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2013 Wheat Disease Updates

Stripe Rust Update (5/11/13)

The wheat is heading and flowering in southeastern and south central Kansas this week. Wheat in central Kansas is mostly in the boot stages of development with the most advanced fields beginning to head this weekend. The wheat in southwestern KS continues to struggle with drought and freeze damage and growth stage varies widely among fields.

Disease scouting this week suggests the risk of severe rust epidemics remains low in Kansas this year. I had a few more reports of trace levels of stripe rust in southeastern KS where the wheat is flowering. The levels of stripe rust are very low at this time. Temperatures are forecast to reach the upper 80's early next week with low temps at or above 60 F. Temperatures in this range often slow the development of stripe rust but farmers in these areas should monitor the disease carefully.

I was able to find a single pustule of leaf rust in Stafford county Kansas this week, but the wheat at this location was thin from recent dry conditions. I suspect the leaf rust will not increase rapidly at this location. Other fields that I checked in southwest KS (Finney and Kiowa counties) show significant drought stress and no sign of rust. In south central and central Kansas (Pratt, Reno, and McPherson counties), the wheat is in better condition with thick canopies and good moisture recently. I found no leaf rust, stripe rust or stem rust in these areas; however, several fields had moderate levels of powdery mildew. Symptoms of barley yellow dwarf remain low or absent in all fields I have checked to date.

-Erick De Wolf, Kansas State University Extension Plant Pathologist


2013 Wheat Disease Update
Early Season Wheat Disease Update for Kansas (3/22/13):

March is an important month for wheat disease development in Kansas. This statement may surprise some of you, because the wheat is only just greening up in some areas of the state.

As it turns out, February and March are important because we often receive our first reports of disease activity from states to our south. This is particularly relevant for the rust diseases, which often survive the winter in these southern climates.

So far this year there are several reports of rust developing in Texas, Arkansas, Louisiana, and Mississippi. Stripe rust has been observed in all four states and appears to be spreading beyond the initial foci of infection. Leaf rust has been reported in Texas but not the other states.

The reports of stripe rust and leaf rust from Texas are the most important for us, because weather systems often transport the rust spores from these regions into Oklahoma and Kansas. Varieties such as Everest, Armour, and TAM 111 are being affected in Texas this year. This is similar to what was observed in 2012 and there are no reports of new races of stripe rust to date.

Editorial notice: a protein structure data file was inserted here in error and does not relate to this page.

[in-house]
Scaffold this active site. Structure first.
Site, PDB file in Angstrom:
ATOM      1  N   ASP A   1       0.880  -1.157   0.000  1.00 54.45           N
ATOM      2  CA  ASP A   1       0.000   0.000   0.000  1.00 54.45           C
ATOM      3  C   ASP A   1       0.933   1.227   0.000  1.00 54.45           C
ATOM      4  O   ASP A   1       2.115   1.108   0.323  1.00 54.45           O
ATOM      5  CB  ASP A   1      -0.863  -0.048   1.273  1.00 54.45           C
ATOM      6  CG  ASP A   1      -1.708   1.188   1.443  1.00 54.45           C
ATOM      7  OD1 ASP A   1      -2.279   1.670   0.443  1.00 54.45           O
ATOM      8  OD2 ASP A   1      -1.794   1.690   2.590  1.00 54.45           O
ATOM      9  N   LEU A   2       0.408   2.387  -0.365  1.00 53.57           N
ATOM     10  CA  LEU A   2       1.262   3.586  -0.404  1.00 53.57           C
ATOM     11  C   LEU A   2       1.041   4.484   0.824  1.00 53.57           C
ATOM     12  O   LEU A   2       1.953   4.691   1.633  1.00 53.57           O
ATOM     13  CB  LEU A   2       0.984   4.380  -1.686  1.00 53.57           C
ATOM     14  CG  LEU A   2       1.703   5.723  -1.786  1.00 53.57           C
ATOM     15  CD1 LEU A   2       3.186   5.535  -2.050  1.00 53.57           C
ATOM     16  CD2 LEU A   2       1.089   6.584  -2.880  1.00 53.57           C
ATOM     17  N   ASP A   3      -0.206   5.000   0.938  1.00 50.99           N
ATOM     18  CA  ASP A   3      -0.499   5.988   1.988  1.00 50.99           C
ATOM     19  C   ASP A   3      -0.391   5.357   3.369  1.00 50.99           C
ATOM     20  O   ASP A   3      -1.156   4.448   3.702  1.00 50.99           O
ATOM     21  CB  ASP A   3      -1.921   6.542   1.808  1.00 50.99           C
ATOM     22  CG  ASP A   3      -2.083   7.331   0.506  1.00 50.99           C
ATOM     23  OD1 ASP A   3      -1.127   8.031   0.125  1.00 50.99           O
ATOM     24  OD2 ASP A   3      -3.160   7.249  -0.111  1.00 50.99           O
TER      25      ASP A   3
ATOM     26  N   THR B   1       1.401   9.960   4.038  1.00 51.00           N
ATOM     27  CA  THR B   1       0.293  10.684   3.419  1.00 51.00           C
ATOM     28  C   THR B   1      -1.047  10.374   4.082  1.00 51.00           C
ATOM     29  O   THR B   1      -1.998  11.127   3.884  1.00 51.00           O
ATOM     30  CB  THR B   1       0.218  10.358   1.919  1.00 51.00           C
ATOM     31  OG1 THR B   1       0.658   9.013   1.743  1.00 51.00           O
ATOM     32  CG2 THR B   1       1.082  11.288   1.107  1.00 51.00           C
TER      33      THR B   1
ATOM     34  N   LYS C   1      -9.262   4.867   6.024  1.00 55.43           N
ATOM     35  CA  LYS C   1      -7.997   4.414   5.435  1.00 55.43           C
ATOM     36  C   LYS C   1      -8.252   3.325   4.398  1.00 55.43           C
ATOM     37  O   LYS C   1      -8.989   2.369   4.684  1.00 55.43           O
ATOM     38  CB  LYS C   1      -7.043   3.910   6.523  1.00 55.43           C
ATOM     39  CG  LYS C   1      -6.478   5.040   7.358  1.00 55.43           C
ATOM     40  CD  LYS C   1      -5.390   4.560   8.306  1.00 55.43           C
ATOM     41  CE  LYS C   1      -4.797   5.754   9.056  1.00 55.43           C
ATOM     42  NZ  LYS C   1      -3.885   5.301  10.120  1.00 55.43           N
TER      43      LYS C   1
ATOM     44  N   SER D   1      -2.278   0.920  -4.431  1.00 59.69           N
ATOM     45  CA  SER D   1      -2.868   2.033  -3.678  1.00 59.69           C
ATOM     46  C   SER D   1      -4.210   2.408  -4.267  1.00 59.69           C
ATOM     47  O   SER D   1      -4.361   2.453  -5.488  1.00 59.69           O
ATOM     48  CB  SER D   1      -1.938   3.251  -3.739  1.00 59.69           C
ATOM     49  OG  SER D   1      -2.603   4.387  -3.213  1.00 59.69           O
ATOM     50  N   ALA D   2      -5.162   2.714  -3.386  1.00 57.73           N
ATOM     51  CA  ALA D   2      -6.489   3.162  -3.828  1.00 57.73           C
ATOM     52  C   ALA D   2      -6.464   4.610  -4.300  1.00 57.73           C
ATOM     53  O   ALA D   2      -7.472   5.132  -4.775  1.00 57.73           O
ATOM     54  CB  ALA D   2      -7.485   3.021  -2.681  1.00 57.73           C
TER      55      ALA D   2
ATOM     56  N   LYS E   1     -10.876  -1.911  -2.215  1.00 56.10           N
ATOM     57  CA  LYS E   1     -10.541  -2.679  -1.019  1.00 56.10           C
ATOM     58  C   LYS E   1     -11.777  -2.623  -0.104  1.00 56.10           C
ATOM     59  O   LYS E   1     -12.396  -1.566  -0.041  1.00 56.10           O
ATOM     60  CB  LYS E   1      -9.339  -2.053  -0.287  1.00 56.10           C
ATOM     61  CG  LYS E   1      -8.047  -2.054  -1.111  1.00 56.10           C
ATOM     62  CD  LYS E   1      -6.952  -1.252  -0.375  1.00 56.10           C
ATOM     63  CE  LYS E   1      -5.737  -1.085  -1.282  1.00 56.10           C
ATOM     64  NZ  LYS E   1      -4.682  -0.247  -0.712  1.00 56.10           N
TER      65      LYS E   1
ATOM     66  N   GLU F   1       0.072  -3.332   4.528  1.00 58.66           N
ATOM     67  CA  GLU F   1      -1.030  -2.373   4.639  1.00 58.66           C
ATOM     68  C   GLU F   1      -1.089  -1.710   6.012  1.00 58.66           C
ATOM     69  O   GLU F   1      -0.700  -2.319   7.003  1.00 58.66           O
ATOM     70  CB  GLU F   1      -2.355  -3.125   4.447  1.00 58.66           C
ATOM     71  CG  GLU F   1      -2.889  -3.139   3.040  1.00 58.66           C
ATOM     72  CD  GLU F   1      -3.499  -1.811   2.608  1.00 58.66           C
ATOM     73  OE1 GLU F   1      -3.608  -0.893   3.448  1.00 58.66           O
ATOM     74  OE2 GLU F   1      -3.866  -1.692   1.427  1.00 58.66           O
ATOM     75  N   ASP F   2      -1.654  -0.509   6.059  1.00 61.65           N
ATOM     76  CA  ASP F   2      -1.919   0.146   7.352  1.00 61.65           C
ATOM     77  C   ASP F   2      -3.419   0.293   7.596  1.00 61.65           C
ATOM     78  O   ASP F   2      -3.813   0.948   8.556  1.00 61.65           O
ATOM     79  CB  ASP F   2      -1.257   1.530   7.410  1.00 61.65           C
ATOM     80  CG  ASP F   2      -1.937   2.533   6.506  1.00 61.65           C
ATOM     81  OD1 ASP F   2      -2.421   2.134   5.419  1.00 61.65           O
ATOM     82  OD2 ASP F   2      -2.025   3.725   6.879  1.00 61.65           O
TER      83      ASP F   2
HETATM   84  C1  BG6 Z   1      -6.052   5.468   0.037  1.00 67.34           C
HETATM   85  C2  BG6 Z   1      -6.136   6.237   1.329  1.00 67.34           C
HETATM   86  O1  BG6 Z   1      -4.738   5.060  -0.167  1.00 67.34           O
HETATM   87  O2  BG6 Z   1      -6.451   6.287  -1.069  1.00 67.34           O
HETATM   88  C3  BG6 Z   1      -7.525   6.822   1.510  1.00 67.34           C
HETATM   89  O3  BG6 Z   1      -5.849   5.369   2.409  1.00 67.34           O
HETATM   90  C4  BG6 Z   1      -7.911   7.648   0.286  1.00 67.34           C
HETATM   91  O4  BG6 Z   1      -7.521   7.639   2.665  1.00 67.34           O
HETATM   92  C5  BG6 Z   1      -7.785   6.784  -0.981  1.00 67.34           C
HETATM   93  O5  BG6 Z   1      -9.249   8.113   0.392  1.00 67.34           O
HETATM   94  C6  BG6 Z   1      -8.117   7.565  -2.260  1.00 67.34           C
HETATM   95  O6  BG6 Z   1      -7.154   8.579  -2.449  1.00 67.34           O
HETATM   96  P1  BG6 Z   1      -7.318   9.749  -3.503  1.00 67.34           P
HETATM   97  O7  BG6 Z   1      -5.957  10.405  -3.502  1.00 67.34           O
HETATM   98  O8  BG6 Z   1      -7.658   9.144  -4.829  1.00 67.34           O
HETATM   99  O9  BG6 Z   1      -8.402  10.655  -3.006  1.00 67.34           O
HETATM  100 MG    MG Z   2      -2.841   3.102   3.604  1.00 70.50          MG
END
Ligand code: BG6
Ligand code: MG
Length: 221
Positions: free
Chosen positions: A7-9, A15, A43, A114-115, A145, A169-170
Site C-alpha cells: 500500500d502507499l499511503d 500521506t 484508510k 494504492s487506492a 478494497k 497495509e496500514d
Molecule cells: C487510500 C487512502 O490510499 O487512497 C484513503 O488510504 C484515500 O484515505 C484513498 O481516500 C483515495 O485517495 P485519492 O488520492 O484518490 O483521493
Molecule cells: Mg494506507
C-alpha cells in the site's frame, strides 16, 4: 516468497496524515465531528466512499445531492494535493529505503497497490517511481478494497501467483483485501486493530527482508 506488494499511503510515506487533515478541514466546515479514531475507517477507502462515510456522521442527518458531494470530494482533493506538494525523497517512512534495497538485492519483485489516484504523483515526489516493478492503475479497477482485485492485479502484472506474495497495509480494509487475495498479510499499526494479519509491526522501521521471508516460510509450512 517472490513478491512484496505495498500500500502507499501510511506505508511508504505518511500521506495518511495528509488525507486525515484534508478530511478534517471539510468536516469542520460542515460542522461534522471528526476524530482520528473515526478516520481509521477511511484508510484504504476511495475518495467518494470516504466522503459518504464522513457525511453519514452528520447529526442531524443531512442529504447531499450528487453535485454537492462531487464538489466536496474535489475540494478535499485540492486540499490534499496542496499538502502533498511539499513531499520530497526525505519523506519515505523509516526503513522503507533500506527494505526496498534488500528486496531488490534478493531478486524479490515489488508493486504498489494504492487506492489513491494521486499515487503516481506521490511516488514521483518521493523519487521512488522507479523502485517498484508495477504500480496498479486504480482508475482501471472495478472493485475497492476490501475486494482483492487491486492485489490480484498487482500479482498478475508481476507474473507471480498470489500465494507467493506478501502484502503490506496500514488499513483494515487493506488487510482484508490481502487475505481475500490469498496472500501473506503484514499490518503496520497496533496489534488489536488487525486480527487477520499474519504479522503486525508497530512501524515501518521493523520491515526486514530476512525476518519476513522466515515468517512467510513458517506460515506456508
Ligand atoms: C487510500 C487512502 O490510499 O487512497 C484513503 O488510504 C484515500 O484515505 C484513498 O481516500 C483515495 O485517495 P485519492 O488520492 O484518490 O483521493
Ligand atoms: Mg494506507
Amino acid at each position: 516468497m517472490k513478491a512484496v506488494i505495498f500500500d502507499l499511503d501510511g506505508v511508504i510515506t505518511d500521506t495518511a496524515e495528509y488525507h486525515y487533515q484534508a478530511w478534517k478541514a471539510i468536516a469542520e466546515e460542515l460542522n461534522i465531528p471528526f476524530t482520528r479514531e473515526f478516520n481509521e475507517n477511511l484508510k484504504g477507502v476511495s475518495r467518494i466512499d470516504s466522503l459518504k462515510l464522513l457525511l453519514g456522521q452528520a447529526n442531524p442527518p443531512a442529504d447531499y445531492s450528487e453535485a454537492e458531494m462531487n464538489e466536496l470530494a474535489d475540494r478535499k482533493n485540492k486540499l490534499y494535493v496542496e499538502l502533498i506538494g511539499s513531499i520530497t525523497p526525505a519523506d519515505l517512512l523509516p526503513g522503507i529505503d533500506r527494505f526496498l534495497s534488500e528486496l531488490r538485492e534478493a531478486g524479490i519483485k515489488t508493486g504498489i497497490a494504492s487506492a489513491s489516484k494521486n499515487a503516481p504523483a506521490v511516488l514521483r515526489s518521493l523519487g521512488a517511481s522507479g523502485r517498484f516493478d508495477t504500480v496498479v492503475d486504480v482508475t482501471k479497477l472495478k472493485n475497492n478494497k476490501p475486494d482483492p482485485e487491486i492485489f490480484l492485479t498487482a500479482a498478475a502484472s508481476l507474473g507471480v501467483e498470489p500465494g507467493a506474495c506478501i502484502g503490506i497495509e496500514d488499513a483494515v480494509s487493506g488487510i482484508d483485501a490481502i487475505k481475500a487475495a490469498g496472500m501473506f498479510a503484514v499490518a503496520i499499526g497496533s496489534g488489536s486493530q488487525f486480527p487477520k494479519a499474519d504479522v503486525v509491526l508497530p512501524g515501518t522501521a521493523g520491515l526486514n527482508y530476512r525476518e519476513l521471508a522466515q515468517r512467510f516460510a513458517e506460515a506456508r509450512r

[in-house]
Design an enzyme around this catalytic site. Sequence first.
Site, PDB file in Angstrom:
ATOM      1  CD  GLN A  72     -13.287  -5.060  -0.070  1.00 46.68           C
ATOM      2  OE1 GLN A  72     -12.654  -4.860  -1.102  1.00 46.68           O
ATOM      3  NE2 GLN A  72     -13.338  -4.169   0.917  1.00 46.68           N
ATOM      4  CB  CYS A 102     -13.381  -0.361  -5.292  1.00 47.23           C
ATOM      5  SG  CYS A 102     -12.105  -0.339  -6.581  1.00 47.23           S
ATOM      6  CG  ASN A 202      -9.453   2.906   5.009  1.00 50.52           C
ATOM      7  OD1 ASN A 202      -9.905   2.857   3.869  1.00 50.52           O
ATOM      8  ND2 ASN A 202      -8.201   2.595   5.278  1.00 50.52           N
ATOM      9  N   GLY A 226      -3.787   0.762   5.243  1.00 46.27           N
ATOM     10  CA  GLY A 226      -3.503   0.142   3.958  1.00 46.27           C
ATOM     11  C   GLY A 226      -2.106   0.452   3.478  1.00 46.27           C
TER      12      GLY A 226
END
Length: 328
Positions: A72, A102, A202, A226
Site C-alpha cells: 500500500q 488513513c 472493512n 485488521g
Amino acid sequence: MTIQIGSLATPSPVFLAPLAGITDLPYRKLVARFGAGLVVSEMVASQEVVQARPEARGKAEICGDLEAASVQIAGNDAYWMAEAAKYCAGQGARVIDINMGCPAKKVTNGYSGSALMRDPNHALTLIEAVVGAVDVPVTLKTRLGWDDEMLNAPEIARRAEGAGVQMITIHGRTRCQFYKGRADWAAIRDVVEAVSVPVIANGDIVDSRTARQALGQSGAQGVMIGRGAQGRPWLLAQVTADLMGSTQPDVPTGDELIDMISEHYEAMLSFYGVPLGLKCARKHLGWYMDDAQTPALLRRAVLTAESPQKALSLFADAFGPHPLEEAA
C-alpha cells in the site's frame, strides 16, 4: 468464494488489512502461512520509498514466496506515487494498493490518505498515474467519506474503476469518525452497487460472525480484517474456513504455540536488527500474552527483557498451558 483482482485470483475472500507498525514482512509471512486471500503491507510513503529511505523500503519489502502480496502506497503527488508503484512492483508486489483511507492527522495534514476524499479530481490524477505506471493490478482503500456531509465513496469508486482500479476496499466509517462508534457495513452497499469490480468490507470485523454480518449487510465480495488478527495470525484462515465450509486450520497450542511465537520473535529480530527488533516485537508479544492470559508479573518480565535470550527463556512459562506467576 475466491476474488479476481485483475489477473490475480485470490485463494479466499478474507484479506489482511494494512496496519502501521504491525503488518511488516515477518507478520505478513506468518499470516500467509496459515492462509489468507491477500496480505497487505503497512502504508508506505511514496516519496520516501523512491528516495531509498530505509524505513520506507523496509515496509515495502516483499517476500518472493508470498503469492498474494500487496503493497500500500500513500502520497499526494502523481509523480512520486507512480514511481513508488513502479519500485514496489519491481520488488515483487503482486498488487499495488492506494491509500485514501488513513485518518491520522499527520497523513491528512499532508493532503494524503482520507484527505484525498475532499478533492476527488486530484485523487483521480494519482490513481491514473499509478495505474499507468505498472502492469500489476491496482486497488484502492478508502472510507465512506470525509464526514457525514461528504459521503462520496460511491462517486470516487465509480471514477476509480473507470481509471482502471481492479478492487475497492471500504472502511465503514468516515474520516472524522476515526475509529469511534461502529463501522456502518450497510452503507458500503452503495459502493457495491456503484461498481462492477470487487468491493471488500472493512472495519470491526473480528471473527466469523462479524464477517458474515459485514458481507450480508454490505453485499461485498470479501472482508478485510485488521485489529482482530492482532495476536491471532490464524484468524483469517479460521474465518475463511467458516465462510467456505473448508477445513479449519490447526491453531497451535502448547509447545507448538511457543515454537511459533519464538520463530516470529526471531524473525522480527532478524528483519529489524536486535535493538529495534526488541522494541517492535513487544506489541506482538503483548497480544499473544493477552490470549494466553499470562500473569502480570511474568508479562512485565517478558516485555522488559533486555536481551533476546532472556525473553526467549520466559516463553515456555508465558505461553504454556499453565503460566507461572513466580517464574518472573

Bob Hunger, wheat disease specialist for Oklahoma State University, is reporting no finds of rust in Oklahoma as of March 21. Growers in Kansas should be monitoring the situation in Texas and Oklahoma. If the disease continues to develop in Texas or is reported in Oklahoma, we will need to evaluate the need for fungicides to suppress rust development in fields planted to susceptible varieties.

-Erick DeWolf, K-State Wheat Pathologist

 

Texas (12 mi west of San Antonio) (3/7/13): I toured our rust evaluation nursery located 12 miles west of San Antonio, TX on March 07, 2013. The crop stage varies from Feekes 4 to 10.5 depending on growth habit and source. The wheat crop is early by at least two weeks compared to long term average (spring and winter wheat).
Leaf Rust is also developing uniformly in the lower to mid canopy of 'TAM 110'. Consistent with previous years, there is more leaf rust in the observation head-rows as compared to the yield trials.
Stripe/yellow rust (Yr) is still developing in the lower to mid canopy of the spreaders, including 'Patton'. Both Lr and Yr (30S) are present on the same leaves of 'TAM 112'.

No indication of a leaf or yellow rust race change but it is early to tell at this point.

-Amir Ibrahim (Texas A&M small grains breeder)

Oklahoma (2/26/2013): Although still no confirmed reports of foliar disease in Oklahoma wheat, the recent moisture will facilitate foliar disease development as temperatures raise as we enter March. Symptoms of wheat soilborne mosaic/wheat spindle streak mosaic are evident in that disease nursery here at Stillwater and with the wet/cold weather of this and last week should become more prominent as we get into March.

Bob Hunger (OSU Extension Plant Pathologist)
Texas: Uvalde (West of San Antonio) (2/23/2013): The wheat crop is at Feekes 4-5. Leaf rust continues to develop uniformly at this location and is severe on susceptible cultivars such as "TAM 110". Stripe rust continues to develop but might be slowed by increasing temperatures at this location. It seems we have the same race that was virulent on "Everest" and "TAM 111" last year.

-Amir M.H. Ibrahim (Texas A&M Small Grains Breeder)